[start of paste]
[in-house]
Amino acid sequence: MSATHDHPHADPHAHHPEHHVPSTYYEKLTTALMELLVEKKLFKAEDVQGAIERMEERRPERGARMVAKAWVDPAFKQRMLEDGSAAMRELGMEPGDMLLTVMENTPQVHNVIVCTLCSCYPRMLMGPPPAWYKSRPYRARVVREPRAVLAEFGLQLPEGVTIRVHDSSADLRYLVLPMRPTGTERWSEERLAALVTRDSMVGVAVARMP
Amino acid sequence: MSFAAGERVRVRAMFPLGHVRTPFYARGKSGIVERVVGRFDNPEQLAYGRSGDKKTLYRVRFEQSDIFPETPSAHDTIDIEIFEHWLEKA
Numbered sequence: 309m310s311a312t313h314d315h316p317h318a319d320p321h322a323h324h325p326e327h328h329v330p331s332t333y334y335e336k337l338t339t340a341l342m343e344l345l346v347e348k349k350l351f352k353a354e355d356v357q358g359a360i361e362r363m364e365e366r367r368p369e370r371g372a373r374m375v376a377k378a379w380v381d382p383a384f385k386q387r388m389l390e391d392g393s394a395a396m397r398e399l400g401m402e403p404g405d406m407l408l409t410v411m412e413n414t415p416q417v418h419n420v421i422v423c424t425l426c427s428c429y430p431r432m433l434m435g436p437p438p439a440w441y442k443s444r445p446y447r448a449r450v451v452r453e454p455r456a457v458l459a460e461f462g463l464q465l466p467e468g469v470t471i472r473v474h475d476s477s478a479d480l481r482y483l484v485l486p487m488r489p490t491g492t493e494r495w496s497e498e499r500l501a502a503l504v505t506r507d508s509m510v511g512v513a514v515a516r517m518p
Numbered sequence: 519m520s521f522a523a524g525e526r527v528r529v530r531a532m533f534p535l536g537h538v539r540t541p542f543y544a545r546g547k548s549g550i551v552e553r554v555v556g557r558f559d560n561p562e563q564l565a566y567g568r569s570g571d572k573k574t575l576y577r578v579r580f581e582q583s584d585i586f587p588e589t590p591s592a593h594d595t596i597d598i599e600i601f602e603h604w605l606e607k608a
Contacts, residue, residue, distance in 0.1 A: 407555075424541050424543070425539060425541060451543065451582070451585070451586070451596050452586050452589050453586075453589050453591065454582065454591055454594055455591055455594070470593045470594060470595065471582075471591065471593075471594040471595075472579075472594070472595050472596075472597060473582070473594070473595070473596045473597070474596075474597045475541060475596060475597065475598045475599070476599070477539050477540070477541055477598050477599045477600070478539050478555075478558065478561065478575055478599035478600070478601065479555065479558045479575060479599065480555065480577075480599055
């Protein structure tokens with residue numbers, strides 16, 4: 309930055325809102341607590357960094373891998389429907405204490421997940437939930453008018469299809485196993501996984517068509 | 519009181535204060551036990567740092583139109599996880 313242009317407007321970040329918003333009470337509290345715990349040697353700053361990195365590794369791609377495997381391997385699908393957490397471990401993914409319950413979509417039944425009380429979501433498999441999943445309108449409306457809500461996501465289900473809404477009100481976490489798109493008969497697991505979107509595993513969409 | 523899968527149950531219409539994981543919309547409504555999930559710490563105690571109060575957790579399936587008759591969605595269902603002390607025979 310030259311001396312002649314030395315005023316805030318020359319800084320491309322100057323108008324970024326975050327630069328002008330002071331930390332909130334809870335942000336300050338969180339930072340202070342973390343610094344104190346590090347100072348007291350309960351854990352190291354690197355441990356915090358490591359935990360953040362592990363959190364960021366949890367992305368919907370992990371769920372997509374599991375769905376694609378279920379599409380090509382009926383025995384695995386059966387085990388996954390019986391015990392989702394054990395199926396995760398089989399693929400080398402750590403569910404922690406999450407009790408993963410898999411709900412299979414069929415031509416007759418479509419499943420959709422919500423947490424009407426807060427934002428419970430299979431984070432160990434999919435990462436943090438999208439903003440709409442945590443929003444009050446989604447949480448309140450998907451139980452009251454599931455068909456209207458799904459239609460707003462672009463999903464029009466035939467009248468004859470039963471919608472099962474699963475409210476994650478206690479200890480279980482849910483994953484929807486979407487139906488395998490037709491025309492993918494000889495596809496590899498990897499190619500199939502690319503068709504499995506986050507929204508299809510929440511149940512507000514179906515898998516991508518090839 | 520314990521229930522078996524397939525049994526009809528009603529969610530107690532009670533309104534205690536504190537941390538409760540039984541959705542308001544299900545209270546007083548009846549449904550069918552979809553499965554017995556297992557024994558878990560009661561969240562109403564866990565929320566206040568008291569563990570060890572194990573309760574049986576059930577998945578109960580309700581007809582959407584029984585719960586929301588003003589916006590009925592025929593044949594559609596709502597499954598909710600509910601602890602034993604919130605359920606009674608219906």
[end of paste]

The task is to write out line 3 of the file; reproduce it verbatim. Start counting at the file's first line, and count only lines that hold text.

Amino acid sequence: MSFAAGERVRVRAMFPLGHVRTPFYARGKSGIVERVVGRFDNPEQLAYGRSGDKKTLYRVRFEQSDIFPETPSAHDTIDIEIFEHWLEKA